I just read an interesting article about Intel's new Core 2 Duo which is supposed to be the next step up from the Pentium platform. Real mean. Real bad. I know this means Pentium processor prices are going to drop like hot rocks but is this new processor something to get excited about yet? Anybody here know how to describe the Core 2 Duo processor in idiot terms for me?
Believe the hype, these processors are the ONLY way to go at this point. Anybody considering an AMD setup is nuts.. And this is coming from a guy who has banged the AMD drum for the past 5-6 years....

Jon
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Old September 24th, 2006, 08:45 AM   #7
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Like a lot of folks here, I keep one eye on computer developments as I believe there's no such thing as a computer that's too fast, especially when it comes to video editing.

By all accounts, the "Conroe" Core 2 Duo systems are easily king of the desktop world right now. If you need a new high-end system now, that's the one.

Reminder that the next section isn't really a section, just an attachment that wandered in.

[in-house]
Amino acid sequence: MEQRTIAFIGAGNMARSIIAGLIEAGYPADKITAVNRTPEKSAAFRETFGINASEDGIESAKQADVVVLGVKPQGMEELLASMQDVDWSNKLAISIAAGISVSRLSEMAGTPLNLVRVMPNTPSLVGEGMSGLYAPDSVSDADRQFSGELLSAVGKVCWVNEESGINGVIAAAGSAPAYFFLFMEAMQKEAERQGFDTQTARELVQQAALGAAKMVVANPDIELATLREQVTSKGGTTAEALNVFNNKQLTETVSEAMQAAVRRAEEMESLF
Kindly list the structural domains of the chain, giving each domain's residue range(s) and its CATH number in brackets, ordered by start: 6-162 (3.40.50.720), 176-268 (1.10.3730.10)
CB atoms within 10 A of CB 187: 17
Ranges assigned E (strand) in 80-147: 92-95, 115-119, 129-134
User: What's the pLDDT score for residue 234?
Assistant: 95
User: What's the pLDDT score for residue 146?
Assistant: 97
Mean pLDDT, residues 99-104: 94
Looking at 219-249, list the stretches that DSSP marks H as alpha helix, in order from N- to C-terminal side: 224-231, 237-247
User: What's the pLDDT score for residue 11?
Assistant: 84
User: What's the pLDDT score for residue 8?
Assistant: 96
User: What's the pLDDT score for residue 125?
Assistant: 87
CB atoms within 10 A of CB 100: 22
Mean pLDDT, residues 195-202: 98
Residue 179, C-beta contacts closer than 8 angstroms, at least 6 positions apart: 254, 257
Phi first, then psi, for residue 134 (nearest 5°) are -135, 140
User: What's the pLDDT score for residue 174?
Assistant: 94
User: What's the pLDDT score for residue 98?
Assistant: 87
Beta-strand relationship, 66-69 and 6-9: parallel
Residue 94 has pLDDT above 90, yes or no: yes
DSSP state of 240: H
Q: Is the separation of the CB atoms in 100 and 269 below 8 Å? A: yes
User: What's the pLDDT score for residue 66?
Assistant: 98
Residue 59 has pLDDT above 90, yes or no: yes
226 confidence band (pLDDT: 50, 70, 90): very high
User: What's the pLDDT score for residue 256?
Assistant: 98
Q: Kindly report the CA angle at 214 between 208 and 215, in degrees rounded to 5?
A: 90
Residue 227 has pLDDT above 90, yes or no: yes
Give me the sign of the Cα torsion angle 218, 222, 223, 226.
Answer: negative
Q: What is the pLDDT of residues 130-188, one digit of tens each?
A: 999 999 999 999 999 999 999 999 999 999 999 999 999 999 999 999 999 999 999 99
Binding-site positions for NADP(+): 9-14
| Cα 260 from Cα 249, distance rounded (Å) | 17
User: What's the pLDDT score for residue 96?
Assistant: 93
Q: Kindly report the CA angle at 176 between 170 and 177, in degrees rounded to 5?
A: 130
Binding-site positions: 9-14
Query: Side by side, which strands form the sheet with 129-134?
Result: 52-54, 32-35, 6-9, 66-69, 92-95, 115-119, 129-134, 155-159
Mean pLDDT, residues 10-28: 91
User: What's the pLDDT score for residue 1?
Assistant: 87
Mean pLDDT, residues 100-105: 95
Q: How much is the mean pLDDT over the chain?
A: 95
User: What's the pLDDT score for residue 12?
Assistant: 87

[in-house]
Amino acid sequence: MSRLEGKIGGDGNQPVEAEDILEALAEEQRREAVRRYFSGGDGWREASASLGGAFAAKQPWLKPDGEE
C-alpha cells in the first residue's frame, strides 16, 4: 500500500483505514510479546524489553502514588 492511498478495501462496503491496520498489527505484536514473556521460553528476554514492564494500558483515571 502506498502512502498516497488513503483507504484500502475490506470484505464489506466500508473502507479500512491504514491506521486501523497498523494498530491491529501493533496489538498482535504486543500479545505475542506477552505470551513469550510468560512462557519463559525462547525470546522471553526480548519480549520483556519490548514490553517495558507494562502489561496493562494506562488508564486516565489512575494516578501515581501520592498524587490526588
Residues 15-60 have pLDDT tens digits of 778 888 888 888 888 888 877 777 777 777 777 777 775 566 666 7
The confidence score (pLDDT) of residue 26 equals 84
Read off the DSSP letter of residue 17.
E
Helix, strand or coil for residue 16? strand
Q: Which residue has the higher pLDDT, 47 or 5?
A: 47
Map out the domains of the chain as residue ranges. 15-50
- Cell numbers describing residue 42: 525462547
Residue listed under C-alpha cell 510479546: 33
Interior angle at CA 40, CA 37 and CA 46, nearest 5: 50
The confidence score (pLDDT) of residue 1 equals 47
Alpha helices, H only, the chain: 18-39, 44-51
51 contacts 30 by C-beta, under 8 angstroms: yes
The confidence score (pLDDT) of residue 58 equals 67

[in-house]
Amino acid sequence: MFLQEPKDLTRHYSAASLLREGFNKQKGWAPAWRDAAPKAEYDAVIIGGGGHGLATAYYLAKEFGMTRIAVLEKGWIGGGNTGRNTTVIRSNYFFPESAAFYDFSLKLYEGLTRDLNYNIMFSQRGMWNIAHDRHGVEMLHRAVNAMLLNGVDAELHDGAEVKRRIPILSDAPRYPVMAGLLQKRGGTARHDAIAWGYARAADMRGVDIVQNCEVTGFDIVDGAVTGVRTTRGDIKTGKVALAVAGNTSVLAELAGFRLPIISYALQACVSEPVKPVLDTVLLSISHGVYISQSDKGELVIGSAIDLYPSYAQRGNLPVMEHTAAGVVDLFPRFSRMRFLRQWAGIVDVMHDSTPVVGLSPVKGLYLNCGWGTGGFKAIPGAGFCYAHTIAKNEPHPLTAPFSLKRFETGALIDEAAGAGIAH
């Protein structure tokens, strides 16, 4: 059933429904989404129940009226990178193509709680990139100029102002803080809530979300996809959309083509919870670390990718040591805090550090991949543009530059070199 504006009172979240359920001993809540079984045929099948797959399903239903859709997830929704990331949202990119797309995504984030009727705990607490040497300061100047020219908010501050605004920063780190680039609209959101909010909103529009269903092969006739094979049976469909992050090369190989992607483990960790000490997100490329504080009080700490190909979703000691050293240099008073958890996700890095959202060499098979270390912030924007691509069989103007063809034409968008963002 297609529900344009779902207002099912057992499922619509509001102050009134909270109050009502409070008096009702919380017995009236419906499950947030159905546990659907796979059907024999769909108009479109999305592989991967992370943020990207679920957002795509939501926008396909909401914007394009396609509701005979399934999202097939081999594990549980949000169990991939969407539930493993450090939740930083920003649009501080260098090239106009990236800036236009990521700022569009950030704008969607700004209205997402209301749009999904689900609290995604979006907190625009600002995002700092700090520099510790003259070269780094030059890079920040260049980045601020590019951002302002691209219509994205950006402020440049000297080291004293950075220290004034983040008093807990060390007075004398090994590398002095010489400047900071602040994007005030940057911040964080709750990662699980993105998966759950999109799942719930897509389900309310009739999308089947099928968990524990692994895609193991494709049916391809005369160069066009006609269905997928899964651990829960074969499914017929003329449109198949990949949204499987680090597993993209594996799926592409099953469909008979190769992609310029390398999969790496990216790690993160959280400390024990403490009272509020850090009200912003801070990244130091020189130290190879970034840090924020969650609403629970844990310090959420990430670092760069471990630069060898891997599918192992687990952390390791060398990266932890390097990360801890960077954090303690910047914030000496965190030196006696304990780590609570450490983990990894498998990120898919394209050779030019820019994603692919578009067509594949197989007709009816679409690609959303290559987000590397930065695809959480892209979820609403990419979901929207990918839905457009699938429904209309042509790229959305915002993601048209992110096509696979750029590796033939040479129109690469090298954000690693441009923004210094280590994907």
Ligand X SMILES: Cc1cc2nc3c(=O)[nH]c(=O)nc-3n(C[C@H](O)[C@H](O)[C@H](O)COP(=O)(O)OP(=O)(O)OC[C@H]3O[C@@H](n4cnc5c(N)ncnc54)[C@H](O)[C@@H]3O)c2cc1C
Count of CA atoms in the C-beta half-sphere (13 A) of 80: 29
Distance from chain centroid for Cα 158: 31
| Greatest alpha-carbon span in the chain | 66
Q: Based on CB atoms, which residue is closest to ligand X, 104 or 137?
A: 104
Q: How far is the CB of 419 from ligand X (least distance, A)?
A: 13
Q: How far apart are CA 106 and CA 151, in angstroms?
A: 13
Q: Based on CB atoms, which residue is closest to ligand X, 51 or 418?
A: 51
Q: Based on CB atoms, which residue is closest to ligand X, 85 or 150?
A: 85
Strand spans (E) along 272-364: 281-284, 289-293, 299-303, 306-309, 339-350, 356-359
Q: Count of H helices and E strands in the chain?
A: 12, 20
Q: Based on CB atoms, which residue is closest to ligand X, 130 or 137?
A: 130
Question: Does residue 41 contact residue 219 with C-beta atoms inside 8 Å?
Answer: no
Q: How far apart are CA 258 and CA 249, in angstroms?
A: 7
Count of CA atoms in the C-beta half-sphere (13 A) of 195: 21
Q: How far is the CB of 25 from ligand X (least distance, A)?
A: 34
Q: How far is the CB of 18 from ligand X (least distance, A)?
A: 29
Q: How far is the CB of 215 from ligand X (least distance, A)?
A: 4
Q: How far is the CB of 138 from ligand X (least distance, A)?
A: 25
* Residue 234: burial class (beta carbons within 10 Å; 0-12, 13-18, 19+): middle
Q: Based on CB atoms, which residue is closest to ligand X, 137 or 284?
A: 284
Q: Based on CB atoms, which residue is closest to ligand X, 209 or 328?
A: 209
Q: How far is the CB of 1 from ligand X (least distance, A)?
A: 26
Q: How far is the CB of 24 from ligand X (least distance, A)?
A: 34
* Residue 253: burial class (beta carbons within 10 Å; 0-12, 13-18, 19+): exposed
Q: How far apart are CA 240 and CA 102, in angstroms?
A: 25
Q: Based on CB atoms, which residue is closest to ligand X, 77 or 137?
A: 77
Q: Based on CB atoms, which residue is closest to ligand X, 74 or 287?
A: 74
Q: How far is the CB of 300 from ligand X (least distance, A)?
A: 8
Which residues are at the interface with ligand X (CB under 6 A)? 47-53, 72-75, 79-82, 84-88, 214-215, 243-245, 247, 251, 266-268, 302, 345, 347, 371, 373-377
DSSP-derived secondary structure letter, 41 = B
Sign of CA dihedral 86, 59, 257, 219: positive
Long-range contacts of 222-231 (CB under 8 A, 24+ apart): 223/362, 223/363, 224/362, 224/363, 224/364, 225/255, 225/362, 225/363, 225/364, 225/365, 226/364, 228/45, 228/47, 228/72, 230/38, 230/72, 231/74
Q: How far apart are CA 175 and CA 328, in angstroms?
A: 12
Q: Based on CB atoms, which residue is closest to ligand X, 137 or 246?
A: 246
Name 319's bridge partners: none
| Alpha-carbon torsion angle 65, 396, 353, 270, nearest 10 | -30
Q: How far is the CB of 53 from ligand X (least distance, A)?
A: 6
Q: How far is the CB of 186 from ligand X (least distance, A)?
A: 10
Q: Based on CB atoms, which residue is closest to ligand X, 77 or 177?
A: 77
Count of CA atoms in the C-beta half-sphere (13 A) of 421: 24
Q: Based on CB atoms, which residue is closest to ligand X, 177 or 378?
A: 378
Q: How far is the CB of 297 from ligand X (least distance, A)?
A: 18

I'd build myself a Core 2 Duo Extreme right now except for one thing...Intel announced a month or so ago that they are accelerating the release of their "Kentsfield" processor from 2007 to 4th quarter 2006. It will be called Core 2 Quadro and is basically two Conroe cores packaged together. Early benchmarks indicate that while it makes almost no difference for word processors etc that don't really much benefit from multi-processing, programs that do benefit can perform as much as twice as well under Quadro as they do under Duo. Tom's Hardware -- which is geared more toward gamers -- actually added PPro rendering to their testing. Render times were cut by a third to almost a half compared to Core 2 Duo and the fastest Athlons. I think the highest end systems will be moving from a 1066 front side bus to 1366, which should also help some video applications.

My read is this: